“We have made no preparations whatsoever for physical infrastructure or anything like that,” he said. “We certainly do not want it to become a self-fulfilling prophecy.”

Britain’s withdrawal is scheduled to take effect on March 29, but Mrs. May is struggling to win support in the British Parliament for the agreement she negotiated with the European Union, in large part because many lawmakers object to the “backstop.” They argue that it would leave Britain tightly tied to the union for the foreseeable future, and impose trade rules that divide Northern Ireland from the rest of the country.

Ireland’s contingency plan addresses security problems that could arise with a no-deal Brexit, including Britain’s possible departure from the European policing union, Europol. The European Arrest Warrant, which operates under Europol, greatly reduces the difficulty of extraditing criminal suspects, including political militants, between countries.

“Policing cooperation is very close now between the police on both sides of the border, and between Dublin and the Home Office, and I think those ad hoc contacts would probably continue even if the U.K. leaves Europol,” said Prof. Edward Burke, an expert on Irish and British security matters at the University of Nottingham.

“But I think you would see problems if they lose the European Arrest Warrant,” he added. “It would put routine extradition cases back in the courts, where they’d quickly become log-jammed.”

Professor Burke said he believed that Dublin would attempt to preserve the status quo on the border in the early states of a chaotic Brexit, by allowing trade to flow as before. But that would not be a long-term solution for the European Union, which would be concerned about unregulated products entering its territory.

Although the Irish government says it will not make any plans for new border infrastructure, its contingency plan acknowledges the need for new health and standards checks on goods and animals entering and leaving the island.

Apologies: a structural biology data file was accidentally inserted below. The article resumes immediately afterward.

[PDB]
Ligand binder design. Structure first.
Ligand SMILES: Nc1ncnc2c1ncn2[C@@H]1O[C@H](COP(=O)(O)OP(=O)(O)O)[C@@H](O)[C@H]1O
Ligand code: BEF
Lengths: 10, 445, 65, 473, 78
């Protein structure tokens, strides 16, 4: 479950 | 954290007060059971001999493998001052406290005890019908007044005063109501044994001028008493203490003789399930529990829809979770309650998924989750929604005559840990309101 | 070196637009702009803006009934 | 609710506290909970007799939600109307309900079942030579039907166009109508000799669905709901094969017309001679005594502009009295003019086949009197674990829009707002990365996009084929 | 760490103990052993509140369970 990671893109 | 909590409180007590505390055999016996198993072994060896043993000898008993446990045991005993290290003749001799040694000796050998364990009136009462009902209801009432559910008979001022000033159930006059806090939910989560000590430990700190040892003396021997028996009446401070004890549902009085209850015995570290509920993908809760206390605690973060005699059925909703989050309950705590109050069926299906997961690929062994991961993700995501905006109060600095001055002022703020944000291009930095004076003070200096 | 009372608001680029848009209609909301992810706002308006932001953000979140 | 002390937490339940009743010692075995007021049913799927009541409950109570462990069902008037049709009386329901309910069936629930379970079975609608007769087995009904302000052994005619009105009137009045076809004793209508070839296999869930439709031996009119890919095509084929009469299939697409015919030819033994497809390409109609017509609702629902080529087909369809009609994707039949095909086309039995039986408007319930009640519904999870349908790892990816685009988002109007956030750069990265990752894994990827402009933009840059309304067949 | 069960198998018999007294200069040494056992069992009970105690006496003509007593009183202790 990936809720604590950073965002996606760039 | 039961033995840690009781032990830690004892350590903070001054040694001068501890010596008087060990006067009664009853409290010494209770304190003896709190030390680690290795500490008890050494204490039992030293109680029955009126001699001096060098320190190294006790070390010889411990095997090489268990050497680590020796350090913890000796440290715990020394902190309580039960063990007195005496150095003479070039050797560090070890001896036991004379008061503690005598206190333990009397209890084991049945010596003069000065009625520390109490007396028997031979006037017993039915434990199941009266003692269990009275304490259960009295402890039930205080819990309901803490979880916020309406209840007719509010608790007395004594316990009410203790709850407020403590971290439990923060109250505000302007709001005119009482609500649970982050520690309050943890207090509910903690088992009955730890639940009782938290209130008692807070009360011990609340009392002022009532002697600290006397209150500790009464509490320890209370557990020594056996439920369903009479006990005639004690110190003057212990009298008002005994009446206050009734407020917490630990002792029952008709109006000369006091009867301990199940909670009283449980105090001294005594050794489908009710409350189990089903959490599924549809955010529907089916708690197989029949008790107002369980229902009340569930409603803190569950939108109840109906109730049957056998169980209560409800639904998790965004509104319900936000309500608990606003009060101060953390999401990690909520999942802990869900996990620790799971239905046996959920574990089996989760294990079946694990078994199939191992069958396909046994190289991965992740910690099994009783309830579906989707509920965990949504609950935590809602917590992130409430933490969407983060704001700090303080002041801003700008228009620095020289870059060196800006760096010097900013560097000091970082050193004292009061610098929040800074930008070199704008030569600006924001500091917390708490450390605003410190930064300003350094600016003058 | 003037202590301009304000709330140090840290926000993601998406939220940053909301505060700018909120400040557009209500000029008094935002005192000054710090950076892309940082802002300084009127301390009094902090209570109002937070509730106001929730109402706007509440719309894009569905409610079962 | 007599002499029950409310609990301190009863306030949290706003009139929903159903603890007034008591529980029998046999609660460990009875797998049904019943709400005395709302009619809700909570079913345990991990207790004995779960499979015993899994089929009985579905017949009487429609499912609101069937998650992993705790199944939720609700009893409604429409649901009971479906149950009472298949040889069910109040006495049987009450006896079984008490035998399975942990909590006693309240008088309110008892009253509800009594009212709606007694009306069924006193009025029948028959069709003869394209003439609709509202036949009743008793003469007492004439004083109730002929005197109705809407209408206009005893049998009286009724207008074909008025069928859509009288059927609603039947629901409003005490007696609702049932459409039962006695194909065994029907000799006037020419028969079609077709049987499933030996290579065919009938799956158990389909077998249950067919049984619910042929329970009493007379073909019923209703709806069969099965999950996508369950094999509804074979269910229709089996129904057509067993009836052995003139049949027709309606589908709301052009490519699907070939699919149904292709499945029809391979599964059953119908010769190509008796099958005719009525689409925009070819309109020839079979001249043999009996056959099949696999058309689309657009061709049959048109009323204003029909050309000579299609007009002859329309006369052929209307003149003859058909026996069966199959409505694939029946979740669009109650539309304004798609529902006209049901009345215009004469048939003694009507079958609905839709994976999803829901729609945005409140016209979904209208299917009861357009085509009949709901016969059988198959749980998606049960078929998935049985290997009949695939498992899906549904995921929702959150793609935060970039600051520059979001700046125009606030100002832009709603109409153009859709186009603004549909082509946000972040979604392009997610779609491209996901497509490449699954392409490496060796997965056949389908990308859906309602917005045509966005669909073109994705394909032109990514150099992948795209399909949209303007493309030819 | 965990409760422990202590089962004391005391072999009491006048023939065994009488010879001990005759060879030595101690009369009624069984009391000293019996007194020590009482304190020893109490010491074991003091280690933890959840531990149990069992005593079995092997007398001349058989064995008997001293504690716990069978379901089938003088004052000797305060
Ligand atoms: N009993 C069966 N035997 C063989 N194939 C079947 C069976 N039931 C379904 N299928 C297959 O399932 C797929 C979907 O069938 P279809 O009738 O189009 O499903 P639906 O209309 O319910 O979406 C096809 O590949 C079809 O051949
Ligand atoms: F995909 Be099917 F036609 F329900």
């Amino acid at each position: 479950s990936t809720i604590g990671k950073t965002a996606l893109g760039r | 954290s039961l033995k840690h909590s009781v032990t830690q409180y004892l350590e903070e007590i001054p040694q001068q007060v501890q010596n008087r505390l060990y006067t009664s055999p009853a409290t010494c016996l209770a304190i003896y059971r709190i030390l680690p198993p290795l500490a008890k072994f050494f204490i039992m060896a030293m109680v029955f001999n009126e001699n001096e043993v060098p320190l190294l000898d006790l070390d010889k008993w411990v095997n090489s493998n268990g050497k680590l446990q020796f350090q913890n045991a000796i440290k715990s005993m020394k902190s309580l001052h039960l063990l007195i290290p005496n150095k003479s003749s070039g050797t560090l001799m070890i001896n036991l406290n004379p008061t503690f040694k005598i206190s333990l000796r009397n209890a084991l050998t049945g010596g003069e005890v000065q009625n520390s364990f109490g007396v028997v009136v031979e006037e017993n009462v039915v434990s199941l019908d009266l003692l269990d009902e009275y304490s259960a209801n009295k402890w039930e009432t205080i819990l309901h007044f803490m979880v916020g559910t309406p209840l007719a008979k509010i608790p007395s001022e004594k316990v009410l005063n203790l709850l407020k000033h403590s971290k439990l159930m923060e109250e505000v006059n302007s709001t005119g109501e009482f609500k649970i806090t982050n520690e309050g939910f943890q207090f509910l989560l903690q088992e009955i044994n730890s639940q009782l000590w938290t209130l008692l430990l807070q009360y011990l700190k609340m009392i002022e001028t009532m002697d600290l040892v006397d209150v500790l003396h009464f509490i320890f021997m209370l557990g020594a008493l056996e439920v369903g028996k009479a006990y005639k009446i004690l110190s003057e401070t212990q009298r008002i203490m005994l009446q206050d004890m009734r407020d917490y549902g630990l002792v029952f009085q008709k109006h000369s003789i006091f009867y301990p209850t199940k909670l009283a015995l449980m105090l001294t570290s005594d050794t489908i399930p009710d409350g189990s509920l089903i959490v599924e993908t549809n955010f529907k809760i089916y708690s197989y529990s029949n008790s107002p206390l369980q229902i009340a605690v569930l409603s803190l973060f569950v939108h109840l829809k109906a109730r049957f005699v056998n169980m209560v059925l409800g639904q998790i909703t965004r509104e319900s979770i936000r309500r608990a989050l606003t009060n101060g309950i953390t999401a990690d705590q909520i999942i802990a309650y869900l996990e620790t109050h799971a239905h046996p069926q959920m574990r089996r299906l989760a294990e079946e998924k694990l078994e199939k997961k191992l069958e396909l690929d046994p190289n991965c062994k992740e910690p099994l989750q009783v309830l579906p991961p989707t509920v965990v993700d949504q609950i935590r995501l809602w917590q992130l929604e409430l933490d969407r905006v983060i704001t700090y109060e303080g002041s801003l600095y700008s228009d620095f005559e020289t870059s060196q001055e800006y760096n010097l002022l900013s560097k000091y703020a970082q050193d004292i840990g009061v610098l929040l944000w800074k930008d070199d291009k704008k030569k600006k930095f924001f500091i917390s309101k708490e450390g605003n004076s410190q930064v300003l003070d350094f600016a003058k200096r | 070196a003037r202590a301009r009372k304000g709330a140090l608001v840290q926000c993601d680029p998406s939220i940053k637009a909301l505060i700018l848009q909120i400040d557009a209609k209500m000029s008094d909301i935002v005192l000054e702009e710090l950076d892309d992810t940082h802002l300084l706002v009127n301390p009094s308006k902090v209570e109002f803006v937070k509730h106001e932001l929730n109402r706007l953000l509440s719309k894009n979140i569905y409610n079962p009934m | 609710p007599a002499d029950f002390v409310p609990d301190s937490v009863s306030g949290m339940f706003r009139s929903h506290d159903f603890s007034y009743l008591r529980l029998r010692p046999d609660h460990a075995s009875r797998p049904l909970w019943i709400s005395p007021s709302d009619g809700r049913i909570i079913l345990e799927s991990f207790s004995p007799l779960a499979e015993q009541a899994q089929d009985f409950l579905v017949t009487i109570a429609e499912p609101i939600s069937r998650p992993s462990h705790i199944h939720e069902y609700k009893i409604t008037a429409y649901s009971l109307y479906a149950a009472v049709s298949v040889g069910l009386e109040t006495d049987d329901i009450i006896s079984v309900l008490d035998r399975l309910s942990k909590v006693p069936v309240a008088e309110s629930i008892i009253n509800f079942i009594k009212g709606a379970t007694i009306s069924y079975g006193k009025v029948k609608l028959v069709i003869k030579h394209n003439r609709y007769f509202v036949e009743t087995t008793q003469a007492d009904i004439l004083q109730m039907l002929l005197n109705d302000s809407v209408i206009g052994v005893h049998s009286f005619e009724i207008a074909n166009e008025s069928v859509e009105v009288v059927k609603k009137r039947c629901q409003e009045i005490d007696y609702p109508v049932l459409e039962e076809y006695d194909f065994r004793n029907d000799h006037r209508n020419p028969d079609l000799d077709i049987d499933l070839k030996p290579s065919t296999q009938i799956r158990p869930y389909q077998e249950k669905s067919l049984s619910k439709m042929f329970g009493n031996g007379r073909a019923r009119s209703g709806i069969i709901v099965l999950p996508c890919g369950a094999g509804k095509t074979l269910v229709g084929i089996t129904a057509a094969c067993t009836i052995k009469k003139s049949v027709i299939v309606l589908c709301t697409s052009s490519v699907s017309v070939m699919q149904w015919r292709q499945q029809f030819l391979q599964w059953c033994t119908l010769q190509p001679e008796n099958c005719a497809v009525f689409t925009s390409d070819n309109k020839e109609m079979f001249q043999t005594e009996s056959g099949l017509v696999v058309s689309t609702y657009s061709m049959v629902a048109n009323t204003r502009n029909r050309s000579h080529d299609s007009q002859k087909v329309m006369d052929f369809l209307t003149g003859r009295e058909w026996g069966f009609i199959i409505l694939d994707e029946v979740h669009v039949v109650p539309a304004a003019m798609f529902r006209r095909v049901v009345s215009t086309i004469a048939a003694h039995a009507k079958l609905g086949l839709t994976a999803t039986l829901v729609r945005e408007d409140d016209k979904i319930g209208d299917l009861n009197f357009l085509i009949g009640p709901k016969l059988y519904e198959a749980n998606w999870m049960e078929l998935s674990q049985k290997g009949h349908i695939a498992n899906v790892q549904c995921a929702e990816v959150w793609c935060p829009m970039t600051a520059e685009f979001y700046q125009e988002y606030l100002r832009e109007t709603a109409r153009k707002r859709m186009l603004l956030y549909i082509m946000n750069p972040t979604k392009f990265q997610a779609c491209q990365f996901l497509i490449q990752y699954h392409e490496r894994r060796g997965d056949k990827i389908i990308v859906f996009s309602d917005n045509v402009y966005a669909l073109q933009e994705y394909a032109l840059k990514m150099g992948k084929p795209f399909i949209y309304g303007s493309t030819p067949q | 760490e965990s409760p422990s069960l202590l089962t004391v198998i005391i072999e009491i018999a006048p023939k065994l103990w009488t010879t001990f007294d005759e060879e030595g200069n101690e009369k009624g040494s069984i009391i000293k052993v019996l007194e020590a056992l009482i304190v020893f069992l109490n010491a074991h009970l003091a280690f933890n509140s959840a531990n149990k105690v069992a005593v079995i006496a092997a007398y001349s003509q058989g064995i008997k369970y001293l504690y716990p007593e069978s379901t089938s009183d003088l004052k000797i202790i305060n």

The trade in live animals and food products is a major contributor to the economies of both Ireland and Northern Ireland, with some ingredients for processed items — such as Irish cream liqueurs, processed meat and dairy products — crossing the border several times before being ready for market.

If the worst-case scenario remains on the table in January, hundreds of new customs and veterinary inspectors will have to be hired to operate new facilities already planned at ports and airports.

Economists have warned that a chaotic Brexit without a deal would cut the value of the British pound, raising the cost of imports. That could badly damage Ireland’s small manufacturers and exporters, who depend heavily on trade with Britain.

A hard Brexit would be an “exceptional economic event, which will be met with exceptional measures to support the continued operation of the Irish economy and our international trading links,” the Irish contingency plan says.

Even in the event of a no-deal Brexit, Ireland and Britain would remain linked through their Common Travel Area agreement, which predates their membership in the European Union, and that gives citizens of both countries extensive rights to live, work and travel in each other’s territory.